Miracle #16 - I Am Never Upset For The Reason I Think
Yesterday I was invited by a friend to try Yoga Nidra also known as sleeping yoga.
It was a refreshing experience that involved laying on the floor atop mats and swaddled in warm, felt blankets while the instructor led us on a one-hour guided meditation.
Prior to the meditation we were supposed to select an intention, or Sankalpa, that would be implanted into our minds at the subconscious level. My Sankalpa was to feel more prosperous and abundant - and less focused on scarcity, lack, or limitations.
After the yoga was over, I met up with my family for shopping and dinner.
While my daughter tried on swimsuits, I noticed some watches on sale and remembered that my son had recently lost his watch and mentioned that he wanted a new one. I took pics of all the watches on clearance, and sent them to my son, pleased with myself that I had would be able to fulfill his desire and afford a gift for him.
Then, he and my husband came over to the jewelry counter and selected a watch that cost 5 times more than the ones I had planned to purchase.
Immediately, I began to seethe inside. I protested this choice and started having these thoughts:
I'd had one sale in my eBay store that day for $9.00 and could not afford a $50.00 watch
My son has lost several watches and I did not want to pay $50.00 for another that he was likely to just lose
My husband always spoils the kids with extravagant gifts and makes me look like the "cheap" (and therefore, less caring) parent
The cashier rang the watch up and as I paid her, I felt like someone had kicked me in the gut.
I cried most of the way home.
I was disappointed that my plan to treat my son had been wrecked, and let down that I was feeling lacking instead of prosperous right after my yoga nidra.
This morning, however, as I was journaling my experience, a revelation came to me.
My anger, upset, and disappointment were not truly a result of any of the things mentioned above. They came from a place of feeling like my gift wasn't good enough.
I suddenly realized that the inability to feel prosperity in my life is tied to my childhood - specifically growing up in a family of perfectionists.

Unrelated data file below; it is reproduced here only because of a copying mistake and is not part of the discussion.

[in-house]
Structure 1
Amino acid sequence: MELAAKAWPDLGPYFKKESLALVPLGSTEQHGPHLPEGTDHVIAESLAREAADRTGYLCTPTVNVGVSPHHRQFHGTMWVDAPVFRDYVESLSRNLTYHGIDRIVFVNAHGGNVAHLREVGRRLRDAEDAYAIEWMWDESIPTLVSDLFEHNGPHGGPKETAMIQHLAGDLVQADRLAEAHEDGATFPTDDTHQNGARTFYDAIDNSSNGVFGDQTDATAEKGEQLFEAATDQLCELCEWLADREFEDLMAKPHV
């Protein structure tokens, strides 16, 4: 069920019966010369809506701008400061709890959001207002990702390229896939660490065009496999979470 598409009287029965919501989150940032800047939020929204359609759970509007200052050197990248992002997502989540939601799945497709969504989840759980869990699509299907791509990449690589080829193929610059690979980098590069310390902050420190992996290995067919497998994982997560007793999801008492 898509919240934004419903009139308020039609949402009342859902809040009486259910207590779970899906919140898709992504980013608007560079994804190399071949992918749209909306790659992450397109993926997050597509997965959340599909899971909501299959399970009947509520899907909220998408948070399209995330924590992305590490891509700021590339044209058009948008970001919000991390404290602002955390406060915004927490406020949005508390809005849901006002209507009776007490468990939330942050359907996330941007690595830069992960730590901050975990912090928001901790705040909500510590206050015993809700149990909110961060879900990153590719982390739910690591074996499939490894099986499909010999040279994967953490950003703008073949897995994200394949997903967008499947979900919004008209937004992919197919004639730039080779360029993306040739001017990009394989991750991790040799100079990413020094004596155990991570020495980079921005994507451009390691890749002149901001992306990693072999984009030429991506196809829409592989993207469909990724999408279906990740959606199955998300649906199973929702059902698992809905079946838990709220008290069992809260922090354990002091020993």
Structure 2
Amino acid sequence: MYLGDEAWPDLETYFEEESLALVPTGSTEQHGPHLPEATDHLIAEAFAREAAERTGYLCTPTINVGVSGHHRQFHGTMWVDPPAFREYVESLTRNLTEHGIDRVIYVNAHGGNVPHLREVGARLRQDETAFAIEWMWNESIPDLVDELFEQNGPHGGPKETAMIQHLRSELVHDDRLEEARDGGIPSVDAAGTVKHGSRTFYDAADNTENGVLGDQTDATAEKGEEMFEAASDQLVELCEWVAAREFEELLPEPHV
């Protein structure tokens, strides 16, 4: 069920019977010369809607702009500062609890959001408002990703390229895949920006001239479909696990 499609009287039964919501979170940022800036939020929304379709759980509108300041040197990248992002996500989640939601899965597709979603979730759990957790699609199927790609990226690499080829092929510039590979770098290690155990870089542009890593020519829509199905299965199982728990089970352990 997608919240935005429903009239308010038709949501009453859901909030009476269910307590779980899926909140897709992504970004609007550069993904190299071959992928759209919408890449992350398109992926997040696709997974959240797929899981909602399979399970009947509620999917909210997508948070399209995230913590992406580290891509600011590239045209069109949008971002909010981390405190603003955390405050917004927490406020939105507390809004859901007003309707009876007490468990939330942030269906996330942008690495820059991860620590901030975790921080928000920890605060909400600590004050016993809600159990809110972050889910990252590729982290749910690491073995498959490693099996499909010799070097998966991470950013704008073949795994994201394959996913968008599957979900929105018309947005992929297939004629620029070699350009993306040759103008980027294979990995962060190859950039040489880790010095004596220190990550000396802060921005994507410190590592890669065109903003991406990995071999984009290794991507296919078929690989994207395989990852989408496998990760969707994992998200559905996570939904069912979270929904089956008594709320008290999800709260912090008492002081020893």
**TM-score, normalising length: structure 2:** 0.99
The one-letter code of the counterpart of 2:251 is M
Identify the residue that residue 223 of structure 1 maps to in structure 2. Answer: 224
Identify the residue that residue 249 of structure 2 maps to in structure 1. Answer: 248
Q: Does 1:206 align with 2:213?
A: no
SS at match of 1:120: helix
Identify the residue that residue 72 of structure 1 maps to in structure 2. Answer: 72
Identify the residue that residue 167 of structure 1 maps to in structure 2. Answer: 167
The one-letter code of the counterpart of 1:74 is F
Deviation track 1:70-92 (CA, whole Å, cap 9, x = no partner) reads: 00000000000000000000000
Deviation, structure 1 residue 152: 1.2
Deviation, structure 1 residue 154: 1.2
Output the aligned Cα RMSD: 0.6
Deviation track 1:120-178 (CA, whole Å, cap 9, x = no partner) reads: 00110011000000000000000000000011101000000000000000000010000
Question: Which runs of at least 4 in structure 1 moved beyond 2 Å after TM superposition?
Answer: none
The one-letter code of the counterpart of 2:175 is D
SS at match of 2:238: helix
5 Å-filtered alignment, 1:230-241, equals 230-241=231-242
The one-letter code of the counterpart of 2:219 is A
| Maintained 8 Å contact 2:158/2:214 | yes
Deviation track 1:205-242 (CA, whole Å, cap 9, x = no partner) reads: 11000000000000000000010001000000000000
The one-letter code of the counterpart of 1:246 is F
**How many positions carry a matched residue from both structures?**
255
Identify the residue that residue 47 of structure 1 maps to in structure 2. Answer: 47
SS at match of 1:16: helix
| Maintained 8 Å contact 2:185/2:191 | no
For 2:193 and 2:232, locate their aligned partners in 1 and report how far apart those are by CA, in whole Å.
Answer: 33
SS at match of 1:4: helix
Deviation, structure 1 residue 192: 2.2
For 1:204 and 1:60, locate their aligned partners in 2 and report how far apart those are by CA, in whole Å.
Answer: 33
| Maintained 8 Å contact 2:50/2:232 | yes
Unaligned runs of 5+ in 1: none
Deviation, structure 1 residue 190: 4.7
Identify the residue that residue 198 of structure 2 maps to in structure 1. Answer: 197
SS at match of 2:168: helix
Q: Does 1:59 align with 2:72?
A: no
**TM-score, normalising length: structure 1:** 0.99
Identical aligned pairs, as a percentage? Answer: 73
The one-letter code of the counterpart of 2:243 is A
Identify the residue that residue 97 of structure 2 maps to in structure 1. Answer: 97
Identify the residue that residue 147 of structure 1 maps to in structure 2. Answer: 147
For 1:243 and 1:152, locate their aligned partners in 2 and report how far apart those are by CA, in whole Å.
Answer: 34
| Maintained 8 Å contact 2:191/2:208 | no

I was rewarded when I got good grades, behaved well, or excelled in some other way - never just for being me.
Although I knew my parents loved me, I only felt their pride in me when I accomplished things. My achievements were what mattered most - not my self.
Both the Bible and A Course in Miracles say that we were created in the image and likeness of God: perfect, whole, and complete.
Our "sin" is forgetting this fact and believing something else to be true.
This morning I had to forgive myself for believing that I was ever "not good enough".
We are never upset for the reason we think, but always upset for the same reason: because we have perceived ourselves as separate from God and feel guilty about it.
There is only one problem (perceived separation) and one solution (the atonement).
The atonement is the correction of our perception, so that we can see what is really there.
In my case, it involved realizing that I AM good enough, and couldn't be anything else, because I am a holy Son of God.
Atonement remedies the strange idea that it is possible to doubt yourself, and be unsure of what you really are. This is the depth of madness. Yet it is the universal question of the world. What does this mean except the world is mad? Why share in its madness in the sad belief that what is universal here is true? -- Workbook Lesson 139